Location and importance of Balearic Islands
This group of islands is segmented into Pitiusas (Formentera and Ibiza) in the south-west and Gimnesias (Menorca, Mallorca, and Cabrera) in the north. These four largest islands form a province of Spain with Palma as the capital. Each of these islands has its own individuality. Floating in the picturesque backdrop of the Mediterranean, Mallorca is said to have a little of everything from great beaches, sea, and sun to fascinating mountain scenery. Ibiza is the other name for clubbing and is a popular crowd-puller for the hip and partying vacationers. Menorca in contrast to the loud Ibiza is a calm and serene island with coves and beaches along with prehistoric monuments. Formentera is a cool island where vacationers love to loose themselves in the sand, beach, and sunset parties.
This multifaceted paradise attracts hordes of tourists each year increasing the population of the islands--Easter to October being the favorite time for them to visit these islands. Despite the throng of people invading the islands, the Balearic Islands have still maintained their inherent beauty.
Apart form the bars, ultra-modern resorts, and the startling beaches are the Stone Age ruins, fishing villages, Gothic cathedrals, private coves, impressive walks, and the never-ending almond and olive groves, and citrus orchards. Beyond the party-thirsting crowds, grand, rural retreats and high-quality eateries are attracting different types of visitors too.
Irrespective of the types of tourists, Balearic Islands' almost 300 days of sun rays, enthralling beaches, a rich culture, and a welcoming heart has made them a great tourist attraction.
Things to do in the Balearic Islands
Ibiza: Ibiza's laid-back attitude and beaches have been attracting people since the 1960s. Known as the birthplace of rave, Ibiza is the place for some of Spain's most famously infamous clubs. But this is not all that Ibiza has to offer. Away from the noise and bars are the coastal walking trails, woods, and quite beaches that can give you a breather, if you need one. If you are looking for a family holiday, coves and small resorts of the northeast are ideal locations. The island also has some architectural marvels that date back to the ancient times.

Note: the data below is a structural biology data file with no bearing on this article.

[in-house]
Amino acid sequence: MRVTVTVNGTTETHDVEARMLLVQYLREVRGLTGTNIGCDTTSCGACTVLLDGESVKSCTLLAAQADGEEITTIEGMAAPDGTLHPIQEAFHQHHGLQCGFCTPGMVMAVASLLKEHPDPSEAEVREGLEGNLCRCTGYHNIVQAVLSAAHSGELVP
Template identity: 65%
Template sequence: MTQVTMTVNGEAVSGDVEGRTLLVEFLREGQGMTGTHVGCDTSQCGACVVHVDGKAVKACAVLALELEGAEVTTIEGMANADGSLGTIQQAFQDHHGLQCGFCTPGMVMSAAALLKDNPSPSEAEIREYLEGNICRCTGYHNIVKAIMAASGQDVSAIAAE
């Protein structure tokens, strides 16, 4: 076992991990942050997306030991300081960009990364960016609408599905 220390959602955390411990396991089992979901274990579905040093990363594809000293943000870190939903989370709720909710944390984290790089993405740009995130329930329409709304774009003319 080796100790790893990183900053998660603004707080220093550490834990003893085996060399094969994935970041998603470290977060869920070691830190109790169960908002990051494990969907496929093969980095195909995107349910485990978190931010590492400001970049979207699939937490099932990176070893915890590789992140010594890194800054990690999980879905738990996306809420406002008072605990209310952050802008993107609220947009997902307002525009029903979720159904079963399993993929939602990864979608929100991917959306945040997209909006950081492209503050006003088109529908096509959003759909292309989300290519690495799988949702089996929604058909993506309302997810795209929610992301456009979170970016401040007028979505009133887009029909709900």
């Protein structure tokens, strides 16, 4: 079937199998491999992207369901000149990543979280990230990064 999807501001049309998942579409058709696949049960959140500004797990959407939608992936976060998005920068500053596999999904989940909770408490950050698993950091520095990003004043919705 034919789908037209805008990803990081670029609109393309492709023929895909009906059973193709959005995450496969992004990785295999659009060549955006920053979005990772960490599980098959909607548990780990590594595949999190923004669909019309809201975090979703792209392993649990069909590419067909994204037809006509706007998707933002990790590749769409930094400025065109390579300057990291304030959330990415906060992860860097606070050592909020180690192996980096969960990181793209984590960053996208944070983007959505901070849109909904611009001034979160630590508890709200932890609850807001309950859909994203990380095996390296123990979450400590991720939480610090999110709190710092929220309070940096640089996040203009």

Mallorca: It is the largest of all the Balearic Islands and is a popular destination for people in search of the idyllic sun, ravishing sea, and alluring sand. But beaches are not all this island has to offer. Palma or Palma de Mallorca is the main center. Pine forests, olive groves, and ochre villages are the sights seen in the northwest coast of mountainous range of Serra de Tramuntana. The ravishing rugged coastline is another important attraction. The best beaches on this island are found on the east and north coast with some fine beaches also seen in some parts of the south coast.
Menorca: It has a comparatively wetter climate than the other Balearic Islands and is also cooler. UNESCO has declared it a Biosphere Reserve so that ecological and historical areas like the island's archaeological sites and the Parc Natural S’Albufera d’es Grau wetlands can be preserved. If you are adventurous kind, then the untouched coves, beaches, and ravines will give your adventurous steak the thrill you crave. This is one of the select Mediterranean places where you can have a beach to yourself in the summer.
Formentera: This unspoilt and beautiful island is the smallest of the Balearic islands and lies to the south of Ibiza. There are many splendid beaches on this island where you can swim and relax in the warm sunshine. The other activities that you can engage yourself in are snorkeling, cycling, walking, and sailing. The cultural places to visit are the 18th century chapel of Saint Francesc Xavier, megalithic sites, watch towers, a roman road, and a small Ethnological museum.